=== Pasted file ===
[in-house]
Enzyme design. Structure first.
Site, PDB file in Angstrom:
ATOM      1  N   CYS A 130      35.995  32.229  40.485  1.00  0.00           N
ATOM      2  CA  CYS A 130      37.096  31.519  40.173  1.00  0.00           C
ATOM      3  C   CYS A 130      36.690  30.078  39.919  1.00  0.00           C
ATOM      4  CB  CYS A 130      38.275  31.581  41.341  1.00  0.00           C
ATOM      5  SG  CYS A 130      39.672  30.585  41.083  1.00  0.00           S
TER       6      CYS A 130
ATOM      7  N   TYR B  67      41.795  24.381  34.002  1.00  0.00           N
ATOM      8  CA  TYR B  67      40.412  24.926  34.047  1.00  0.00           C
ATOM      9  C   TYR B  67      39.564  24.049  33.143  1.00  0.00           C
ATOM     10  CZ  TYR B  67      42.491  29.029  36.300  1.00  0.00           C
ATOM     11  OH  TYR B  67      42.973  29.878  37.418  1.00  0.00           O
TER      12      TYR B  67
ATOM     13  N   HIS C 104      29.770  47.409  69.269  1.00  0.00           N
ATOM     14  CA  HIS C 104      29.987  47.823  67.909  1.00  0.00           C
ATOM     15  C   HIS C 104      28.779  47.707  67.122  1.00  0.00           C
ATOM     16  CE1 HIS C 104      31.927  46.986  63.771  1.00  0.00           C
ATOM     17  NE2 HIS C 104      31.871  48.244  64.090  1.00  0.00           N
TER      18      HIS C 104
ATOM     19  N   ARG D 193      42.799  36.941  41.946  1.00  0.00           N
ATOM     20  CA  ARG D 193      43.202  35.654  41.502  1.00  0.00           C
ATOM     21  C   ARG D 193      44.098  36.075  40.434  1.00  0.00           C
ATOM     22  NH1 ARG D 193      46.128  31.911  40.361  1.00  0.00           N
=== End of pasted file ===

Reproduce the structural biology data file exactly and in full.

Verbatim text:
[in-house]
Enzyme design. Structure first.
Site, PDB file in Angstrom:
ATOM      1  N   CYS A 130      35.995  32.229  40.485  1.00  0.00           N
ATOM      2  CA  CYS A 130      37.096  31.519  40.173  1.00  0.00           C
ATOM      3  C   CYS A 130      36.690  30.078  39.919  1.00  0.00           C
ATOM      4  CB  CYS A 130      38.275  31.581  41.341  1.00  0.00           C
ATOM      5  SG  CYS A 130      39.672  30.585  41.083  1.00  0.00           S
TER       6      CYS A 130
ATOM      7  N   TYR B  67      41.795  24.381  34.002  1.00  0.00           N
ATOM      8  CA  TYR B  67      40.412  24.926  34.047  1.00  0.00           C
ATOM      9  C   TYR B  67      39.564  24.049  33.143  1.00  0.00           C
ATOM     10  CZ  TYR B  67      42.491  29.029  36.300  1.00  0.00           C
ATOM     11  OH  TYR B  67      42.973  29.878  37.418  1.00  0.00           O
TER      12      TYR B  67
ATOM     13  N   HIS C 104      29.770  47.409  69.269  1.00  0.00           N
ATOM     14  CA  HIS C 104      29.987  47.823  67.909  1.00  0.00           C
ATOM     15  C   HIS C 104      28.779  47.707  67.122  1.00  0.00           C
ATOM     16  CE1 HIS C 104      31.927  46.986  63.771  1.00  0.00           C
ATOM     17  NE2 HIS C 104      31.871  48.244  64.090  1.00  0.00           N
TER      18      HIS C 104
ATOM     19  N   ARG D 193      42.799  36.941  41.946  1.00  0.00           N
ATOM     20  CA  ARG D 193      43.202  35.654  41.502  1.00  0.00           C
ATOM     21  C   ARG D 193      44.098  36.075  40.434  1.00  0.00           C
ATOM     22  NH1 ARG D 193      46.128  31.911  40.361  1.00  0.00           N